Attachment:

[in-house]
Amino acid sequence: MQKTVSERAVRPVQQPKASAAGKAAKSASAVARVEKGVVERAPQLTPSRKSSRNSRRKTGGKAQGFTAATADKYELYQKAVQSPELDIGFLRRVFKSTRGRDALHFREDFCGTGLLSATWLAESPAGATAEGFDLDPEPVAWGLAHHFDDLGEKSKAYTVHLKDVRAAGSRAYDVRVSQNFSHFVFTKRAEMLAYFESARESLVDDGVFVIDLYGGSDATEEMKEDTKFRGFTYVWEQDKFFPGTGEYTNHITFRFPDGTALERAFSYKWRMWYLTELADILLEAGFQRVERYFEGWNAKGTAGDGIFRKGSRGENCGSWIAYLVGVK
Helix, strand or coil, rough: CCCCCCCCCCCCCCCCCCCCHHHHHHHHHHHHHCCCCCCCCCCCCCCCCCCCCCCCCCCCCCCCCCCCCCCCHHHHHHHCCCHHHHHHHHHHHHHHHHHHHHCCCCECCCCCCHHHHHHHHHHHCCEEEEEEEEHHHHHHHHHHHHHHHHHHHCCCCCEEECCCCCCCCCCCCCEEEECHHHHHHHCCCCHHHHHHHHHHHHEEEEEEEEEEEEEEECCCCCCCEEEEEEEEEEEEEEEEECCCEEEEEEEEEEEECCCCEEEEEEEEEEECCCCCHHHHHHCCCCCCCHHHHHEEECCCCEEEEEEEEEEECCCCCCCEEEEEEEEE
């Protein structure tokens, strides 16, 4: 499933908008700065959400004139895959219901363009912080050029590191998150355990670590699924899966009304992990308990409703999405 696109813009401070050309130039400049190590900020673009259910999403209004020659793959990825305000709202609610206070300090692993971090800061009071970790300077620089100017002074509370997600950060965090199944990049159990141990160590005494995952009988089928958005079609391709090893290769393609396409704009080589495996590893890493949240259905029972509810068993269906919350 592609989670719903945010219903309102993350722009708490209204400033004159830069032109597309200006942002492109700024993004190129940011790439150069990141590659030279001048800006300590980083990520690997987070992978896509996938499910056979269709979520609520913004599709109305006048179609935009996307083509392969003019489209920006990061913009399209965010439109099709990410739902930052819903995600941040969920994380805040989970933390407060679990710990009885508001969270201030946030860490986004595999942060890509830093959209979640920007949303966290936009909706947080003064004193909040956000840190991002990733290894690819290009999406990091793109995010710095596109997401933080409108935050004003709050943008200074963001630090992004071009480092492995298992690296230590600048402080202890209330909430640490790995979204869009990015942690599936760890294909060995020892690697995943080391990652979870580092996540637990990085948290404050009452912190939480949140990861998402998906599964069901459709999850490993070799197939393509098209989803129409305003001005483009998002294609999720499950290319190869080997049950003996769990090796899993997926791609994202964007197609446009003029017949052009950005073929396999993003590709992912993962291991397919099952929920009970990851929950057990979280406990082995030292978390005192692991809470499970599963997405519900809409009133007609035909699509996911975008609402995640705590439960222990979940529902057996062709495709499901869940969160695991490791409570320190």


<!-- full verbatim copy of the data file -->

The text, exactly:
[in-house]
Amino acid sequence: MQKTVSERAVRPVQQPKASAAGKAAKSASAVARVEKGVVERAPQLTPSRKSSRNSRRKTGGKAQGFTAATADKYELYQKAVQSPELDIGFLRRVFKSTRGRDALHFREDFCGTGLLSATWLAESPAGATAEGFDLDPEPVAWGLAHHFDDLGEKSKAYTVHLKDVRAAGSRAYDVRVSQNFSHFVFTKRAEMLAYFESARESLVDDGVFVIDLYGGSDATEEMKEDTKFRGFTYVWEQDKFFPGTGEYTNHITFRFPDGTALERAFSYKWRMWYLTELADILLEAGFQRVERYFEGWNAKGTAGDGIFRKGSRGENCGSWIAYLVGVK
Helix, strand or coil, rough: CCCCCCCCCCCCCCCCCCCCHHHHHHHHHHHHHCCCCCCCCCCCCCCCCCCCCCCCCCCCCCCCCCCCCCCCHHHHHHHCCCHHHHHHHHHHHHHHHHHHHHCCCCECCCCCCHHHHHHHHHHHCCEEEEEEEEHHHHHHHHHHHHHHHHHHHCCCCCEEECCCCCCCCCCCCCEEEECHHHHHHHCCCCHHHHHHHHHHHHEEEEEEEEEEEEEEECCCCCCCEEEEEEEEEEEEEEEEECCCEEEEEEEEEEEECCCCEEEEEEEEEEECCCCCHHHHHHCCCCCCCHHHHHEEECCCCEEEEEEEEEEECCCCCCCEEEEEEEEE
């Protein structure tokens, strides 16, 4: 499933908008700065959400004139895959219901363009912080050029590191998150355990670590699924899966009304992990308990409703999405 696109813009401070050309130039400049190590900020673009259910999403209004020659793959990825305000709202609610206070300090692993971090800061009071970790300077620089100017002074509370997600950060965090199944990049159990141990160590005494995952009988089928958005079609391709090893290769393609396409704009080589495996590893890493949240259905029972509810068993269906919350 592609989670719903945010219903309102993350722009708490209204400033004159830069032109597309200006942002492109700024993004190129940011790439150069990141590659030279001048800006300590980083990520690997987070992978896509996938499910056979269709979520609520913004599709109305006048179609935009996307083509392969003019489209920006990061913009399209965010439109099709990410739902930052819903995600941040969920994380805040989970933390407060679990710990009885508001969270201030946030860490986004595999942060890509830093959209979640920007949303966290936009909706947080003064004193909040956000840190991002990733290894690819290009999406990091793109995010710095596109997401933080409108935050004003709050943008200074963001630090992004071009480092492995298992690296230590600048402080202890209330909430640490790995979204869009990015942690599936760890294909060995020892690697995943080391990652979870580092996540637990990085948290404050009452912190939480949140990861998402998906599964069901459709999850490993070799197939393509098209989803129409305003001005483009998002294609999720499950290319190869080997049950003996769990090796899993997926791609994202964007197609446009003029017949052009950005073929396999993003590709992912993962291991397919099952929920009970990851929950057990979280406990082995030292978390005192692991809470499970599963997405519900809409009133007609035909699509996911975008609402995640705590439960222990979940529902057996062709495709499901869940969160695991490791409570320190």